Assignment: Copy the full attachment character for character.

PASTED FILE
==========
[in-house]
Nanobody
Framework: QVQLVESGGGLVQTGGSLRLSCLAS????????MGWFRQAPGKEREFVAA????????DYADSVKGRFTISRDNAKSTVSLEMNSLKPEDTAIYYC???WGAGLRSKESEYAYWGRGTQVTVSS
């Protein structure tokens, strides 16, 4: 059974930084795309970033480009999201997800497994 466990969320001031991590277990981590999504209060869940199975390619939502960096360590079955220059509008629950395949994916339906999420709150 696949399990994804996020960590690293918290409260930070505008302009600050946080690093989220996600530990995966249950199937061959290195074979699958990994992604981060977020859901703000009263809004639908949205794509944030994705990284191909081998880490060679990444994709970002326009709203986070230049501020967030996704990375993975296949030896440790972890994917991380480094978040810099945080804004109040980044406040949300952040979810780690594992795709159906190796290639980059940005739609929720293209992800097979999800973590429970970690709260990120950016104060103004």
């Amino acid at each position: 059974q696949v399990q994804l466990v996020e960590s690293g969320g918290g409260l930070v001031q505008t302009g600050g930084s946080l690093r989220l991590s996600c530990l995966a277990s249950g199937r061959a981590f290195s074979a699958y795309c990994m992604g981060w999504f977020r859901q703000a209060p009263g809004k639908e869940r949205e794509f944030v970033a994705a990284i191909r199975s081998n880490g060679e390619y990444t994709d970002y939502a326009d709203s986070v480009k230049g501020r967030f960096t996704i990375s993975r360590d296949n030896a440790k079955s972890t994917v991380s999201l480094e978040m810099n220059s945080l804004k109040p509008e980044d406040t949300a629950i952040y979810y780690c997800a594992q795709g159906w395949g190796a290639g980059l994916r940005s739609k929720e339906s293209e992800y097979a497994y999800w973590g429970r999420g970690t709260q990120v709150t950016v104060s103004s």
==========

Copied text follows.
[in-house]
Nanobody
Framework: QVQLVESGGGLVQTGGSLRLSCLAS????????MGWFRQAPGKEREFVAA????????DYADSVKGRFTISRDNAKSTVSLEMNSLKPEDTAIYYC???WGAGLRSKESEYAYWGRGTQVTVSS
């Protein structure tokens, strides 16, 4: 059974930084795309970033480009999201997800497994 466990969320001031991590277990981590999504209060869940199975390619939502960096360590079955220059509008629950395949994916339906999420709150 696949399990994804996020960590690293918290409260930070505008302009600050946080690093989220996600530990995966249950199937061959290195074979699958990994992604981060977020859901703000009263809004639908949205794509944030994705990284191909081998880490060679990444994709970002326009709203986070230049501020967030996704990375993975296949030896440790972890994917991380480094978040810099945080804004109040980044406040949300952040979810780690594992795709159906190796290639980059940005739609929720293209992800097979999800973590429970970690709260990120950016104060103004």
């Amino acid at each position: 059974q696949v399990q994804l466990v996020e960590s690293g969320g918290g409260l930070v001031q505008t302009g600050g930084s946080l690093r989220l991590s996600c530990l995966a277990s249950g199937r061959a981590f290195s074979a699958y795309c990994m992604g981060w999504f977020r859901q703000a209060p009263g809004k639908e869940r949205e794509f944030v970033a994705a990284i191909r199975s081998n880490g060679e390619y990444t994709d970002y939502a326009d709203s986070v480009k230049g501020r967030f960096t996704i990375s993975r360590d296949n030896a440790k079955s972890t994917v991380s999201l480094e978040m810099n220059s945080l804004k109040p509008e980044d406040t949300a629950i952040y979810y780690c997800a594992q795709g159906w395949g190796a290639g980059l994916r940005s739609k929720e339906s293209e992800y097979a497994y999800w973590g429970r999420g970690t709260q990120v709150t950016v104060s103004s």